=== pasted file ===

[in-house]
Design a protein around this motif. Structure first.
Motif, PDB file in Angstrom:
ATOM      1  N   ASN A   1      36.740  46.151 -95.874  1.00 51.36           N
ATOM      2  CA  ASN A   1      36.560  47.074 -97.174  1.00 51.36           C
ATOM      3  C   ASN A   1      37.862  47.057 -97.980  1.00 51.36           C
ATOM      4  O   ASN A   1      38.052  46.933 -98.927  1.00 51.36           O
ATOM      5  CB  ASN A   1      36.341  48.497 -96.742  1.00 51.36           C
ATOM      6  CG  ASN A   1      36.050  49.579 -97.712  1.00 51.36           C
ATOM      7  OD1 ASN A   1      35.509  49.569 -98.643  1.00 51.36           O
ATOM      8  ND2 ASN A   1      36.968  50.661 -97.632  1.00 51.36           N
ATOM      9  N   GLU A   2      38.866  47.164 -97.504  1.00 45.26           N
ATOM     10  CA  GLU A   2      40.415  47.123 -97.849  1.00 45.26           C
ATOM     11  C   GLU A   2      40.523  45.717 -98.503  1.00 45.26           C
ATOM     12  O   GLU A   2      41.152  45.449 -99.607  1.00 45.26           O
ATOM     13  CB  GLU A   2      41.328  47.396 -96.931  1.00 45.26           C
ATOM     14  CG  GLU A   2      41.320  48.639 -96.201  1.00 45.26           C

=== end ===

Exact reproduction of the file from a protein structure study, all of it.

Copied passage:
[in-house]
Design a protein around this motif. Structure first.
Motif, PDB file in Angstrom:
ATOM      1  N   ASN A   1      36.740  46.151 -95.874  1.00 51.36           N
ATOM      2  CA  ASN A   1      36.560  47.074 -97.174  1.00 51.36           C
ATOM      3  C   ASN A   1      37.862  47.057 -97.980  1.00 51.36           C
ATOM      4  O   ASN A   1      38.052  46.933 -98.927  1.00 51.36           O
ATOM      5  CB  ASN A   1      36.341  48.497 -96.742  1.00 51.36           C
ATOM      6  CG  ASN A   1      36.050  49.579 -97.712  1.00 51.36           C
ATOM      7  OD1 ASN A   1      35.509  49.569 -98.643  1.00 51.36           O
ATOM      8  ND2 ASN A   1      36.968  50.661 -97.632  1.00 51.36           N
ATOM      9  N   GLU A   2      38.866  47.164 -97.504  1.00 45.26           N
ATOM     10  CA  GLU A   2      40.415  47.123 -97.849  1.00 45.26           C
ATOM     11  C   GLU A   2      40.523  45.717 -98.503  1.00 45.26           C
ATOM     12  O   GLU A   2      41.152  45.449 -99.607  1.00 45.26           O
ATOM     13  CB  GLU A   2      41.328  47.396 -96.931  1.00 45.26           C
ATOM     14  CG  GLU A   2      41.320  48.639 -96.201  1.00 45.26           C